3 computer speaker systems that will make you fall in love with music again

In the race to deliver personalized streaming music channels, one thing has often been neglected: good quality sound. Fortunately, producing high fidelity stereo sound is in renaissance. Here are three desktop speaker systems designed to work with your computer or other digital source and make you fall in love with your favorite music all over again.

To test these speakers I used high-resolution audio tracks: music that was sampled at a rate exceeding that of a compact disc. When possible, I also used an audiophile outboard digital-to-analog converter, the Audioengine D3 ($189). Each pair of speakers was subjected to a variety of rock, pop, jazz and classical music.

Polk Hampden speakers ($400)

Back in the days of massive hi-fi stereo systems, Polk was associated with floorstanding speakers that were efficient and boisterous. The company's Hampden speakers are a mellower desktop pair with some retro design touches that will appeal to iPhone addicts and baby boomers alike.

The speakers have two drivers each, a 1-inch domed tweeter and a 4.5-inch "mid-woofer." You connect to your PC with a USB cable, which is preferable, since most computers' digital-to-analog converters are less than ideal. Music can also be streamed to these speakers via Bluetooth or an auxiliary analog input. The speakers have a built-in stand that raises the front off the desktop, giving a bass reflex downward firing port some space and better lower-end bass notes.

The Polk Hampdens proved comfortable with a variety of music. They're precise enough to pick out various layered elements on Robert Fripp recordings, even uncovering buried spoken word tracks in the mix. Conversely, they gave jazz and pop tracks a warmth that will appeal to a wide spectrum of listeners.

Polk has also included some convenient controls and options. There's a rotary volume dial on the right speaker – reminiscent of '50s-era NordMende console stereos – and a power button that does double duty for pairing Bluetooth music sources.

Definitive Technology Incline ($399)

The Incline is the first pair of desktop speakers from Definitive, a prominent name in home theater sound systems.

The speakers present an elegant, angled back black grill that's understated and iconic. Inside, the speakers employ what the company calls a bipolar design – the sound comes from the front and back of the speakers. There's a 3/4-inch dome tweeter, a 4-inch mid-woofer and a passive radiator up front and a full-range driver in back.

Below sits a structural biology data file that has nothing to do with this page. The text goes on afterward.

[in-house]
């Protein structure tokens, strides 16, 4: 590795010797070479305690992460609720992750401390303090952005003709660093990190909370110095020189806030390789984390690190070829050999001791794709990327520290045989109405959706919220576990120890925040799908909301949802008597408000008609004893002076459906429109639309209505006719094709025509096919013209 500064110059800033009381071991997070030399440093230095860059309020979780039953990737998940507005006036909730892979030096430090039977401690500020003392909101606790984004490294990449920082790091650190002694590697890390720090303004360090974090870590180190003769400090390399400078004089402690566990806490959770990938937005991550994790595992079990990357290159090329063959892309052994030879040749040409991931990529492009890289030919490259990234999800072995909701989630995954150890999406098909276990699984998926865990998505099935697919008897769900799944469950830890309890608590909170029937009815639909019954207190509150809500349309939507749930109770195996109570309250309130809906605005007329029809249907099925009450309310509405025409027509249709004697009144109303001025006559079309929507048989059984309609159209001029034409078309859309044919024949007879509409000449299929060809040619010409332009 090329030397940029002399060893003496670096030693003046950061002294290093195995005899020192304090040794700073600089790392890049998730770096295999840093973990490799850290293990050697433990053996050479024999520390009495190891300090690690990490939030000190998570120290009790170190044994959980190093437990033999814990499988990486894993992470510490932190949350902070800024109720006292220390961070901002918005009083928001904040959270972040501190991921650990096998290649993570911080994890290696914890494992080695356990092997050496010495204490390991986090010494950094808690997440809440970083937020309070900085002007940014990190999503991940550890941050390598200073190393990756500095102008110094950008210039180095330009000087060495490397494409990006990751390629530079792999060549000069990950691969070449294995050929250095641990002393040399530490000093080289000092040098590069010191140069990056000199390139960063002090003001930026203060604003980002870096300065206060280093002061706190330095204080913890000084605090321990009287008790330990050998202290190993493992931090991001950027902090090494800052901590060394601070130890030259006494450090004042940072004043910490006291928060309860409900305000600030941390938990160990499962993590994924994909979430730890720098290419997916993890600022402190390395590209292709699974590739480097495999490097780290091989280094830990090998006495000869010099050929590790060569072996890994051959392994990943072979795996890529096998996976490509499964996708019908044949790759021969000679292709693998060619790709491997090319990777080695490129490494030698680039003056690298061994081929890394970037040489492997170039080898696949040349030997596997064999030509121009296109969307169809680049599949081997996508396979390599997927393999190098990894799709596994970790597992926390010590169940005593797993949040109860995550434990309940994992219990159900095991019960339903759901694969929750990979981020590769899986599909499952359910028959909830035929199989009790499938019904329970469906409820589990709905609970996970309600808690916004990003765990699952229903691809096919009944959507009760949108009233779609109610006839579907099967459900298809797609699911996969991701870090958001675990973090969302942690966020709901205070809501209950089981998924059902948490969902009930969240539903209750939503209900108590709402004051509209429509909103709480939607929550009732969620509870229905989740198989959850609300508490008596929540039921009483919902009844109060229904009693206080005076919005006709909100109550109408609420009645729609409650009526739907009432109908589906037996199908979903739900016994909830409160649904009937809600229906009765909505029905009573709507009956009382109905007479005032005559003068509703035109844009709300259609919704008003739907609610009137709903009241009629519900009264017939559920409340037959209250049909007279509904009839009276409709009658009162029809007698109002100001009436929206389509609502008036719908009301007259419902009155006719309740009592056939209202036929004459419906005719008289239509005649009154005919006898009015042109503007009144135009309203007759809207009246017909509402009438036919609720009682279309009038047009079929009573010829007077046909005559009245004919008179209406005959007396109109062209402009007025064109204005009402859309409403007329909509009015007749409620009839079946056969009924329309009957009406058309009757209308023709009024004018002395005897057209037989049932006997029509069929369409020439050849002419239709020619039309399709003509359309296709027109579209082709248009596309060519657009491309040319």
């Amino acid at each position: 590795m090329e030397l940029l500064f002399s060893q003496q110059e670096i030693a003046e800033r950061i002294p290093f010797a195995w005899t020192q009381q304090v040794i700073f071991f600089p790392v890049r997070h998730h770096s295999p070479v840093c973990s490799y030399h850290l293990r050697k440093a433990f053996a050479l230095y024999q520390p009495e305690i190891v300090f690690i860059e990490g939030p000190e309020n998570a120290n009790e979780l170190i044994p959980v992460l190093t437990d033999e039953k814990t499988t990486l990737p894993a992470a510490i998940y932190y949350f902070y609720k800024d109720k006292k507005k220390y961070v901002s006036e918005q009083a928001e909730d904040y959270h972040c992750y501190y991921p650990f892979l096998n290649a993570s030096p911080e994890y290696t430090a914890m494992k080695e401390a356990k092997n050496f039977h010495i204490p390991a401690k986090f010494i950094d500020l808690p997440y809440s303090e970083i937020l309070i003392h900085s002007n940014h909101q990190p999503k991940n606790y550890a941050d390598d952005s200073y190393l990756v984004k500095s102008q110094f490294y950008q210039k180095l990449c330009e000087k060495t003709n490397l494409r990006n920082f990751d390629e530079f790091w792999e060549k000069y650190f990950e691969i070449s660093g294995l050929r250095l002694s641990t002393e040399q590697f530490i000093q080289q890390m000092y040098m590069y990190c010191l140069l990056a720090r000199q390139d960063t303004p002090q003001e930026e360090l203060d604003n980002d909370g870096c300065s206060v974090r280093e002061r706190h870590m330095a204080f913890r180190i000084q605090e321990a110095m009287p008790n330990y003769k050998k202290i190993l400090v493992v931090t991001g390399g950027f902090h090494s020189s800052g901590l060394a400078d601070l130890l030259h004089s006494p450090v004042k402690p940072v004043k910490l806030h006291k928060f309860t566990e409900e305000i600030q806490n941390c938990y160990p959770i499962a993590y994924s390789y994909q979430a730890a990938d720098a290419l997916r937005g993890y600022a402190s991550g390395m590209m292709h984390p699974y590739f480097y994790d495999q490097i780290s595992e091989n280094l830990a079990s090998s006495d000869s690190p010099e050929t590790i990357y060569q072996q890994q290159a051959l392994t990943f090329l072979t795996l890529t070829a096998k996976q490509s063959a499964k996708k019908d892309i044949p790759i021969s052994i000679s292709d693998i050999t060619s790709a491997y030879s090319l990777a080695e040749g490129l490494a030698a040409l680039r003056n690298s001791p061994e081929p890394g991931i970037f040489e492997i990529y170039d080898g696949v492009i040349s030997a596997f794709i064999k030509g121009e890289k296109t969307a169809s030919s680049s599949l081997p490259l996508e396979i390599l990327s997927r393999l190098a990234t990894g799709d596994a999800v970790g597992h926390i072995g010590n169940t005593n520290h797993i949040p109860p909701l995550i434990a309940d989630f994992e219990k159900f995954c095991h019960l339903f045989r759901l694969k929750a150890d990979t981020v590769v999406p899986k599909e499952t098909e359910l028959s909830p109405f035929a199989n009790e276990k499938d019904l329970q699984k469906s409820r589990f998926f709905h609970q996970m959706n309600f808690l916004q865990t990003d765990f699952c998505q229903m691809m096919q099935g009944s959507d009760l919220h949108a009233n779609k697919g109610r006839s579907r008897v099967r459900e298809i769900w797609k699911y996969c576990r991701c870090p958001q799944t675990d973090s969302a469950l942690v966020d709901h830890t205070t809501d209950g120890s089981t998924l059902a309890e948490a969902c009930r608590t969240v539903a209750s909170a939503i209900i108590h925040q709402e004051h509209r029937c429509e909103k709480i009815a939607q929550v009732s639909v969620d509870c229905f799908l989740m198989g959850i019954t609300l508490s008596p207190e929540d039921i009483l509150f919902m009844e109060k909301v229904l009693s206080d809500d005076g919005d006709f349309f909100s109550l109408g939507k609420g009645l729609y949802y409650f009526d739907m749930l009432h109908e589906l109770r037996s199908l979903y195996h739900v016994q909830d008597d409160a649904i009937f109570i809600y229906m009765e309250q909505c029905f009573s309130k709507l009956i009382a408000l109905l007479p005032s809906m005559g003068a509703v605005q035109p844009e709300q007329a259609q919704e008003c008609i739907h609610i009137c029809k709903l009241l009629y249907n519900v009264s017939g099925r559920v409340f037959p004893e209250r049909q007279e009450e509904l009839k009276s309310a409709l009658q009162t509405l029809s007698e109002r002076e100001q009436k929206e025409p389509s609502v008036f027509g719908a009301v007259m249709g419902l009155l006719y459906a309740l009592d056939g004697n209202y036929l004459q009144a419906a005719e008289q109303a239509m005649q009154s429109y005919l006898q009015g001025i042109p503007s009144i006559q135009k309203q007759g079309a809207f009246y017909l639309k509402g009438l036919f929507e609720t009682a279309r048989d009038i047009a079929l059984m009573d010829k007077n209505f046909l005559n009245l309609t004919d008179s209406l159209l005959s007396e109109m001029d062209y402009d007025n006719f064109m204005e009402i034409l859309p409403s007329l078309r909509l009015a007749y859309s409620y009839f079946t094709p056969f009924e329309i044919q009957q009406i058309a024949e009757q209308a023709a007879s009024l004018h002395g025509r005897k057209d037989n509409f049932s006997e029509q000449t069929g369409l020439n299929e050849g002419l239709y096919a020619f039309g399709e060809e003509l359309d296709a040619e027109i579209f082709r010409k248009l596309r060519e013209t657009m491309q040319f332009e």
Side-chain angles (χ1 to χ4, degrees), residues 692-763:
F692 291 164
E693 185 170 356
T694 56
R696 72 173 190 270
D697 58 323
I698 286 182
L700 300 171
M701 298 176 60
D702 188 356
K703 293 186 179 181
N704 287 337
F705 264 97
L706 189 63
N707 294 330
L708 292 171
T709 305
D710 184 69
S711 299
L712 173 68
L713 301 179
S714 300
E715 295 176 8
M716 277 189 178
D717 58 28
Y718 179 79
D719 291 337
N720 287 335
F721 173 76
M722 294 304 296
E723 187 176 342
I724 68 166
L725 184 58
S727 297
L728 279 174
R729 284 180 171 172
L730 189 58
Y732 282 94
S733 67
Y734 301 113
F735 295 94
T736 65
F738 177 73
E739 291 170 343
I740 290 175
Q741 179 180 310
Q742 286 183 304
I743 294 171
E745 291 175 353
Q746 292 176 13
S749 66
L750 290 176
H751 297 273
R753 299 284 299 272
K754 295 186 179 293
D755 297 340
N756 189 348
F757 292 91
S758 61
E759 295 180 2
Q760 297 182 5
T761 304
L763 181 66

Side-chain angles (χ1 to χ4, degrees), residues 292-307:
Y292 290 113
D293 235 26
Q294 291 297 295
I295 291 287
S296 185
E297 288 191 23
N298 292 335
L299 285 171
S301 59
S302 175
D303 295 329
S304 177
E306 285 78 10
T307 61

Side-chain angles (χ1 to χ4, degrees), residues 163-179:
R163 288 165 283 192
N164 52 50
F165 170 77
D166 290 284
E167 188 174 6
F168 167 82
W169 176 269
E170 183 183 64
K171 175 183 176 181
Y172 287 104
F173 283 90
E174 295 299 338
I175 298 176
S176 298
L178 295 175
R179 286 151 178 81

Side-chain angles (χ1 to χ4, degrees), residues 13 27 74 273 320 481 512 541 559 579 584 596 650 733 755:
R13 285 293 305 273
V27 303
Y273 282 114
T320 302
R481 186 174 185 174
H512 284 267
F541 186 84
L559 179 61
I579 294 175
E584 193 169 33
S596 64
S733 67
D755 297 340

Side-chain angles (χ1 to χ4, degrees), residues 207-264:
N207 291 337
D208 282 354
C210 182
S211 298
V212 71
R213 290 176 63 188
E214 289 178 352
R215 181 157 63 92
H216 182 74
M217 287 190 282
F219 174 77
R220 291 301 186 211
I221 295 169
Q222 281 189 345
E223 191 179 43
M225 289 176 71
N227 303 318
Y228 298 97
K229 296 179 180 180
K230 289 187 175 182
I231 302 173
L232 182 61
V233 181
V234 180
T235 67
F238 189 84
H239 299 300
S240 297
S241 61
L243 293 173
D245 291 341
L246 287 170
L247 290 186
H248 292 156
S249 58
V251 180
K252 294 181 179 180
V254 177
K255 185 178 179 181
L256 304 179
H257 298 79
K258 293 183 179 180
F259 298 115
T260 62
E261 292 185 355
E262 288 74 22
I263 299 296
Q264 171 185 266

The result is an airy, open sound that doesn’t come on too strong in the high end. Vocals sound natural, not harsh. Lower bass notes are clean and crisp and don’t become thumpy at higher volumes. The effect often gives music a live feel, such as on Miles Davis' "A Tribute to Jack Johnson." His horn is crystal clean, while John McLaughlin's guitar drives the music forward.

Like the Polk speakers, Inclines connect through USB, allowing them to perform a cleaner digital-to-analog conversion.

As is the case with the other speakers here, there's no headphone jack, though Definitive provides the option of using an optical, USB or analog mini jack input.

JBL 3 Series LSR305 ($398)

JBL has a long history of rattling the windows of recording studios and FM disk jockey booths. The company wanted to bring that professional impression (and volume levels) to the desktop with the 3 Series LSR305, and it has unequivocally succeeded.

The 3 Series speakers use a 5-inch woofer and a unique tweeter design that's part of what JBL calls its image control waveguide. Its high frequency driver looks like a cross between a domed and horn tweeter, with the horn portion subjected to some unusual undulations to expand the sound. It presents a wider soundstage on which individual instruments stand out more clearly than on conventional speakers.

The effect can be stunning, spreading the vocals and harmonies out in a horizontal plane in front of you. It delivers a sonic precision that does wonders with terrifically over-produced recordings from the likes of Steely Dan. Sitting in front of these speakers, you'll feel like you're at the mixing board during the recording. Scintillating keyboards, tight bass drum kicks and cleanly enunciated backup vocals are all brought to the fore by the unique tweeter and taut woofer. On high-resolution audio tracks, the 3 Series can pick out every detail, bringing out the background clip-clop sound effects on the Beach Boys' "God Only Knows," the nearly buried banjo on "I Know There's an Answer" and the water bottle percussion in "Caroline, No."

But as uncompromising on sound quality as they are, the 3 Series speakers don't offer many conveniences. The power switches are on the back of the speakers and they require professional-grade cables to connect the inputs (XLR or TRS) to typical mini jack outputs on a computer or outboard adapter like the Audioengine D3. (Fortunately, the cables cost less than $10.)

All three speaker systems come without a subwoofer. Thankfully, you don’t need one for any of them. Hiding a subwoofer under a desk is a hassle I'm happy to do without.

The only downside to these models is that they may be too good; they reveal the shortcomings of compressed MP3 tracks. So if you're listening to free online streaming music, you may soon find yourself switching to better quality CD and high resolution recordings. And that’s a good thing.